E-Cigarettes: Expert Q&A With the CDC
WebMD News Archive
Another significant concern is the effect of nicotine on the developing adolescent brain, which will develop differently under the influence of nicotine than without it.
Q: What might FDA regulations look like?
A: I can’t comment because they’re a sister agency, but it’s in nobody’s interest to continue in the Wild West state we’re in, where they can be sold to anybody, including adolescents, in half the states. There are no required manufacturing standards and they can market them as if they were peanut butter or something. It doesn’t mean (e-cigarettes) will be treated just like cigarettes, because they’re not, but they’re a product that contains a psychoactive addictive ingredient.
Q: We know how many teens have tried e-cigarettes but not how many use them regularly. When will that data be collected?
A: We’ll ask that in the 2013 survey. [The number of teens using e-cigarettes] will be smaller, but it’s still not going to be inconsequential. It’ll be tens or hundreds of thousands of kids who’ve used them more than once in the last 30 days.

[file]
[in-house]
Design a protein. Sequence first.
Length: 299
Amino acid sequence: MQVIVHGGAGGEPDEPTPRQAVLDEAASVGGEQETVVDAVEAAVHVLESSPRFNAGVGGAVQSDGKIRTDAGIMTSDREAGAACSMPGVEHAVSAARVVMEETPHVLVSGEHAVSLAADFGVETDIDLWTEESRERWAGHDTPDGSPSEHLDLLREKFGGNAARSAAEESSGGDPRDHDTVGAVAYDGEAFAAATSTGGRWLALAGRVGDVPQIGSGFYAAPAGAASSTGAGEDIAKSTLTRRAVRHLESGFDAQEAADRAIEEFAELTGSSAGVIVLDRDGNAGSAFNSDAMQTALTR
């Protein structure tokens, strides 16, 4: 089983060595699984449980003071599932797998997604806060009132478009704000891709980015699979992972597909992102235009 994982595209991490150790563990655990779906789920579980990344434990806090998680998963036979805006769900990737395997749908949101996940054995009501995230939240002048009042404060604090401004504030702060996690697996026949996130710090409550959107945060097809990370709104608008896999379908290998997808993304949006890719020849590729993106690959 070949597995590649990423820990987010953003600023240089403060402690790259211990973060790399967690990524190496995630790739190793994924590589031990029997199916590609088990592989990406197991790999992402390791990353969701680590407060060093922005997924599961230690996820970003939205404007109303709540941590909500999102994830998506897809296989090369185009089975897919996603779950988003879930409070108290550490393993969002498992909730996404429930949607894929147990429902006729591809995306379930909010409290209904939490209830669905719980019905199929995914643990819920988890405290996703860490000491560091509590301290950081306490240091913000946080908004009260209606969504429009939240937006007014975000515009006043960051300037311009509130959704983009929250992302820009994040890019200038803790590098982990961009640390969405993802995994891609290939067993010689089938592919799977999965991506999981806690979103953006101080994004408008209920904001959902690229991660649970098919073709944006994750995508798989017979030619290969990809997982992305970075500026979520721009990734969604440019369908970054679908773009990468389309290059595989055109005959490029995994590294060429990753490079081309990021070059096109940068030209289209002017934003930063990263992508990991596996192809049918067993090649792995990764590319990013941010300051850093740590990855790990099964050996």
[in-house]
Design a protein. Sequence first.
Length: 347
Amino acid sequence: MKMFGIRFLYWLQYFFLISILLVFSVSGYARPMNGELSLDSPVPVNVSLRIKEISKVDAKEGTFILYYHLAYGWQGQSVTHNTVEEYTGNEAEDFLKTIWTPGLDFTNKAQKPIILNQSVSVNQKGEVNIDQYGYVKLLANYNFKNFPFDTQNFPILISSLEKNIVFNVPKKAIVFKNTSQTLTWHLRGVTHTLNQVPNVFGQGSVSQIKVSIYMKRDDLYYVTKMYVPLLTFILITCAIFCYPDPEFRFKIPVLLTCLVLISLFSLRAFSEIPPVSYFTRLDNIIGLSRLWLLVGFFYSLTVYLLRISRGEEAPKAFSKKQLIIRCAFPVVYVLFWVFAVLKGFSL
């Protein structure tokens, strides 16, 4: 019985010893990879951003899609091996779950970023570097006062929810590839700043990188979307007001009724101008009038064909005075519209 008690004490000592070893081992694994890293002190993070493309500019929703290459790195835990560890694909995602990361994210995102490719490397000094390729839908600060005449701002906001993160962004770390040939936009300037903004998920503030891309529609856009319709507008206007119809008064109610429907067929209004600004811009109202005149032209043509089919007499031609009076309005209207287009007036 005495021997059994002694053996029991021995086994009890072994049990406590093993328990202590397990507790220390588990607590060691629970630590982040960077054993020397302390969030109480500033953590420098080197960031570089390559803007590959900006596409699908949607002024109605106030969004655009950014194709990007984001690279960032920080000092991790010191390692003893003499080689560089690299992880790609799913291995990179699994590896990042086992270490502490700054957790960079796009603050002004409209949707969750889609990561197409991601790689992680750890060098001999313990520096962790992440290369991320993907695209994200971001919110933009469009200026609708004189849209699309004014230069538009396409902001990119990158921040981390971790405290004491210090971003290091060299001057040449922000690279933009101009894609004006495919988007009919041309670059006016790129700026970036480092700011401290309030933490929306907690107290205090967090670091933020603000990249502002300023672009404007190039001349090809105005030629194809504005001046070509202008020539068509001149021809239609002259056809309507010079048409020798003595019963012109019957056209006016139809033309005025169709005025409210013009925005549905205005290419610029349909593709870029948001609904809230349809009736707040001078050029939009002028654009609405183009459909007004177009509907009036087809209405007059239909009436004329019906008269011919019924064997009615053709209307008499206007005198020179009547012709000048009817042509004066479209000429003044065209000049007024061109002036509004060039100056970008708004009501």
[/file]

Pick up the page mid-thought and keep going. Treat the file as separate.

We’ve found from 20 years-plus experience that if a child or adolescent has used a cigarette in the last 30 days, that is very predictive of future cigarette use. We fear the same will hold true with e-cigarettes. Most of what we know of substance abuse patterns makes us worry this will turn out to be the case.
Q: Any new research on the effects of e-cigarettes?
A: I am not aware of any. It would be extremely difficult to do currently because ... in terms of long-term health effects, it takes decades to look at the effects we’re talking about. At one level we’re trying to get the question into the great national surveys so we’ll be able to make sense of this 10, 20 years from now. We have to rely on what we know of toxicology, that what comes out of e-cigarettes is less toxic, but it’s more toxic than breathing clean air. That’s our preferred modality for breathing.